40 percent of workers have gained weight since starting their present job, according to a CareerBuilder.co.uk survey.

As summer approaches many people are preparing to get fit in time for beach holidays but they may come up against an unexpected obstacle; their jobs.

A new survey reveals that more than two in five workers (41%) admit they have gained weight at their current jobs, and 10 percent confess they have gained more than 10 pounds. Only 13 percent of workers claim they have lost weight since working at their current position.

“Work-related stress, lack of sleep and overly packed schedules can often get in the way of healthy eating and exercise habits,

Says Scott Helmes, managing director of CareerBuilder UK.

“Poor physical health, however, can also take a toll on mental health and work quality, so it’s important for workers to stay active, even if it just means taking small breaks throughout the day to walk around or stretch.”

Sedentary roles, exhaustion and time constraints can present obstacles to staying fit. When asked what they felt contributed to their expanding waistlines, workers gave the following reasons:

–          Sitting at my desk most of the day – 58 percent

–          Too tired from work to exercise – 38 percent

–          No time to exercise before or after work – 34 percent

–          Eating because of stress – 32 per cent

–          The temptation of the office biscuit tin – 28 percent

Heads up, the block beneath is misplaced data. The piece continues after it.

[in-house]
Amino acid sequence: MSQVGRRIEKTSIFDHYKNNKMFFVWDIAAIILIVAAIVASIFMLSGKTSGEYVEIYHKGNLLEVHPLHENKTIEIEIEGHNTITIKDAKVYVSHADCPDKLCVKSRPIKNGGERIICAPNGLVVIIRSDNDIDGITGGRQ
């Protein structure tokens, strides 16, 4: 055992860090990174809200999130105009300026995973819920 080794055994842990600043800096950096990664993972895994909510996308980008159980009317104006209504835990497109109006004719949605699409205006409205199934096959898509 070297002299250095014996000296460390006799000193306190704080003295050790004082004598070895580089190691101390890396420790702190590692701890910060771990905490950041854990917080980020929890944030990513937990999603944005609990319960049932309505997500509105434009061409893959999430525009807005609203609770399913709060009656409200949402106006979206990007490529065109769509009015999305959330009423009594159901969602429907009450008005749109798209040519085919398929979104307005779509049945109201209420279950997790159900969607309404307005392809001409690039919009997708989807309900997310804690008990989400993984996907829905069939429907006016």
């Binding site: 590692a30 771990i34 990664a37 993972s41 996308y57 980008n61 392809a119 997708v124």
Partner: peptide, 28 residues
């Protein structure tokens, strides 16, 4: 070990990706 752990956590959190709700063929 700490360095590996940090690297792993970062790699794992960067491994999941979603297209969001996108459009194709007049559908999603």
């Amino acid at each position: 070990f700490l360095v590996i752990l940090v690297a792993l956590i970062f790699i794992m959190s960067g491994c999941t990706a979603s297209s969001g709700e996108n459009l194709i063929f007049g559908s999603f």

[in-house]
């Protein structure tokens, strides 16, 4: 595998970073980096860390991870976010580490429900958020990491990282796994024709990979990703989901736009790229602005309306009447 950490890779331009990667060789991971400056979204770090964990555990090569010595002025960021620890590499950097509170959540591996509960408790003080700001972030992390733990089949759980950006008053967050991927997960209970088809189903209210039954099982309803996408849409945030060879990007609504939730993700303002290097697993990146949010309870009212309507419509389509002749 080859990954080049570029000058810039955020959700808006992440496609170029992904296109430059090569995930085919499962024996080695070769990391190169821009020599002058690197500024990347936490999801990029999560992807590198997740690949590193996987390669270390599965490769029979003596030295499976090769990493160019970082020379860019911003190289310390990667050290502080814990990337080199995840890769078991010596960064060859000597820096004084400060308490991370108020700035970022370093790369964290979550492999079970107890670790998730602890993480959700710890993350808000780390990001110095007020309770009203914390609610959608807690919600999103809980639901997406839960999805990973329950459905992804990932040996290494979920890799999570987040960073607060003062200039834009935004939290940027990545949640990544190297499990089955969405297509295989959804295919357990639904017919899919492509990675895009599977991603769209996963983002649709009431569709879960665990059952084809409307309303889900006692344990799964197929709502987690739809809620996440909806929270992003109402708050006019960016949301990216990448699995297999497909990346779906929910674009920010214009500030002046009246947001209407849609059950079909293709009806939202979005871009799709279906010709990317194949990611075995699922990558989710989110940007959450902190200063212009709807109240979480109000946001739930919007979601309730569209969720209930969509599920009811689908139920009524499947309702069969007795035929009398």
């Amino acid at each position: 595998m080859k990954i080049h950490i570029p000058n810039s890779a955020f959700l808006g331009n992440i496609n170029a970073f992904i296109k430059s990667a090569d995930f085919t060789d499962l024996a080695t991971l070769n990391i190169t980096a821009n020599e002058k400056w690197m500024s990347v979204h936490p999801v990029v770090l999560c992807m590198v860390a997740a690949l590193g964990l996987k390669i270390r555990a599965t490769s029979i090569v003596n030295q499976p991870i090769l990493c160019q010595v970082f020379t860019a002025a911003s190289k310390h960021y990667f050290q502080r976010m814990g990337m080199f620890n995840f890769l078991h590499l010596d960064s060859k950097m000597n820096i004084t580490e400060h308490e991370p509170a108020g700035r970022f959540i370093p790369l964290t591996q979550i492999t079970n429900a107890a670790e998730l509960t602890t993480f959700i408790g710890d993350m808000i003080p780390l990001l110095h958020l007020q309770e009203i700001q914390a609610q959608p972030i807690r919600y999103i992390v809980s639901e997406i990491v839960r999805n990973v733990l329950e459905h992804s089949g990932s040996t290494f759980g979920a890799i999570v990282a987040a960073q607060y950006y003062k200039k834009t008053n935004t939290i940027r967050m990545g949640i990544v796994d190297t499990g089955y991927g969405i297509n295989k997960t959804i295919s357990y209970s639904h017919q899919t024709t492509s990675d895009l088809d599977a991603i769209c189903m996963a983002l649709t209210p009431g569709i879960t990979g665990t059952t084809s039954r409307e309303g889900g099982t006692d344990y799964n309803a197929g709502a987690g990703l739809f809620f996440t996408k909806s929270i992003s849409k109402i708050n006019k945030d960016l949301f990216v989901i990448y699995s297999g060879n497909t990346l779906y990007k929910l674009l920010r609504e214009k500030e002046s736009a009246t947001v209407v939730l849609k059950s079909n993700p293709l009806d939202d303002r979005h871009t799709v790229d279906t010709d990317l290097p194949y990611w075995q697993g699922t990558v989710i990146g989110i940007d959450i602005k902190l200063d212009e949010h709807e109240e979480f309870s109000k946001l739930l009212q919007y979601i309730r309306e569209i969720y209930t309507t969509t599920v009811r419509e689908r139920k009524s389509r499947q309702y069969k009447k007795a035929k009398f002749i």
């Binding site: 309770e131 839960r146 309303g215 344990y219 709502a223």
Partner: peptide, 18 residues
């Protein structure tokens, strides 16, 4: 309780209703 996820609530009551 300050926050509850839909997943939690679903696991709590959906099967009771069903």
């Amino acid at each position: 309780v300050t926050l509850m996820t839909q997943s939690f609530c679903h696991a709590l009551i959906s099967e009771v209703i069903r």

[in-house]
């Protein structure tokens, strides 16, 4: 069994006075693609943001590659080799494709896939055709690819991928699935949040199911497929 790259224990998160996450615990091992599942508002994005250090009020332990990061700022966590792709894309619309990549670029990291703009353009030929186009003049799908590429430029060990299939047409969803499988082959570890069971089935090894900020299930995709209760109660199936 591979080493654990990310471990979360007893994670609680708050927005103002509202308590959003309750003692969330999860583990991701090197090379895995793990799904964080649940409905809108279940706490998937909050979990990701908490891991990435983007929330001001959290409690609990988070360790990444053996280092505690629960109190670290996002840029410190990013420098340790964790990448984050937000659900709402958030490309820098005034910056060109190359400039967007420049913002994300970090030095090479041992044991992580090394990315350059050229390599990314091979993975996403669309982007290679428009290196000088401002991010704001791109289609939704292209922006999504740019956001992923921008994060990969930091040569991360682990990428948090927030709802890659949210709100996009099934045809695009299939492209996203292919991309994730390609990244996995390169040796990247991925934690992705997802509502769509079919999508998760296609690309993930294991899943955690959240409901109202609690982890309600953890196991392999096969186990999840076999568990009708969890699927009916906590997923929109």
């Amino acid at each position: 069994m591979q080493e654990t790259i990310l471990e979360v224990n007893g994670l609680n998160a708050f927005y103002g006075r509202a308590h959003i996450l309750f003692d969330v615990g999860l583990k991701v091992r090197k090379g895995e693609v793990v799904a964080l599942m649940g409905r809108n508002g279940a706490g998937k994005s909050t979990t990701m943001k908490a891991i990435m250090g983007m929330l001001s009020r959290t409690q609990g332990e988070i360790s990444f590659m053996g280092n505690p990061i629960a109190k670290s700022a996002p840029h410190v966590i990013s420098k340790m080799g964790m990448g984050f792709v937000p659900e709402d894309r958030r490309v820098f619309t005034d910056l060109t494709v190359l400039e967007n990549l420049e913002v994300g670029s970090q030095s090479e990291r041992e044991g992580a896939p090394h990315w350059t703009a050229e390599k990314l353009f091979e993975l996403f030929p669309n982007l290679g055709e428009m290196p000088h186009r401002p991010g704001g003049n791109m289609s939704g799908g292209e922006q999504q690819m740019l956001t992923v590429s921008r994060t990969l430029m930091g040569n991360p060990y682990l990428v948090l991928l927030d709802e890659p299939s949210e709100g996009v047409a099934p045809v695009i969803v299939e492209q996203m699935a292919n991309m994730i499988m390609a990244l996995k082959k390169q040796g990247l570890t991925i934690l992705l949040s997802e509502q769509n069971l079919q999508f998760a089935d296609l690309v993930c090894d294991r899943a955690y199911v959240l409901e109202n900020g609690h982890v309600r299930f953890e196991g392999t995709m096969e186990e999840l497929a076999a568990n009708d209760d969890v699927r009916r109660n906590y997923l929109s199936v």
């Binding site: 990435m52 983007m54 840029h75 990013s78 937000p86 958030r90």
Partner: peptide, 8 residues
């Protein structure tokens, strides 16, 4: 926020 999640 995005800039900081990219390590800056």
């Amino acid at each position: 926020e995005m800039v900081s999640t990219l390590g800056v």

–          Having to skip meals because of time constraints – 18 percent

–          Workplace celebrations – 16 percent

–          Pressure to eat food co-workers bring in – 15 percent

–          Eating out regularly – 13 percent

–          Happy hours – 6 percent

 

Eating and exercise habits

Exercise is a key part of a healthy lifestyle but it may not be enough on its own to keep workers in shape. The majority of workers (69%) say they exercise regularly, and more than two in five (42%) claim they work out at least three days a week. Despite this 50 percent feel they are overweight.

The majority of workers (68%) say that their employers don’t provide gym passes, access to workout facilities or wellbeing benefits, which 41 percent claim they would use if it were available to them.

Snack foods and restaurants can also prove too alluring to workers, with 66 percent confessing to snacking at work and 47 percent admitting to regularly eating out rather than having a packed lunch.

5 Tips to maintain health and wellness at work

“Your job shouldn’t get in the way of maintaining a healthy lifestyle,” Helmes says. He offers the following tips to help even the busiest of workers maintain wellness while on the job:

  • Put it on your calendar –Planning ahead and scheduling time for exercise the way you would a business meeting or conference call will make you more likely to prioritise it.
  • Get moving –Add as much movement to your daily activities as possible: for instance, park further away, or get off the bus or train a stop earlier and walk the remaining distance. Consider taking the stairs instead of the lift, going for a walk during your lunch hour and walking over to someone’s desk instead of sending an email. These little things can add up.
  • Stay away from fizzy drinks –Fizzy drinks contains lots of sugar and empty calories. Drink water flavored with cucumber, strawberries or lemon instead, or green tea for a caffeine boost.
  • Pack a lunch– Bringing in lunch from home is an easy (and cost-effective) way to ensure you’re getting healthy ingredients and controlling your portion sizes.
  • Keep healthy snacks on hand –Keep nutritious snacks like almonds, hummus, carrots and air-popped popcorn at your desk so you don’t have to rely on the vending machine or biscuit tin to curb hunger between meals.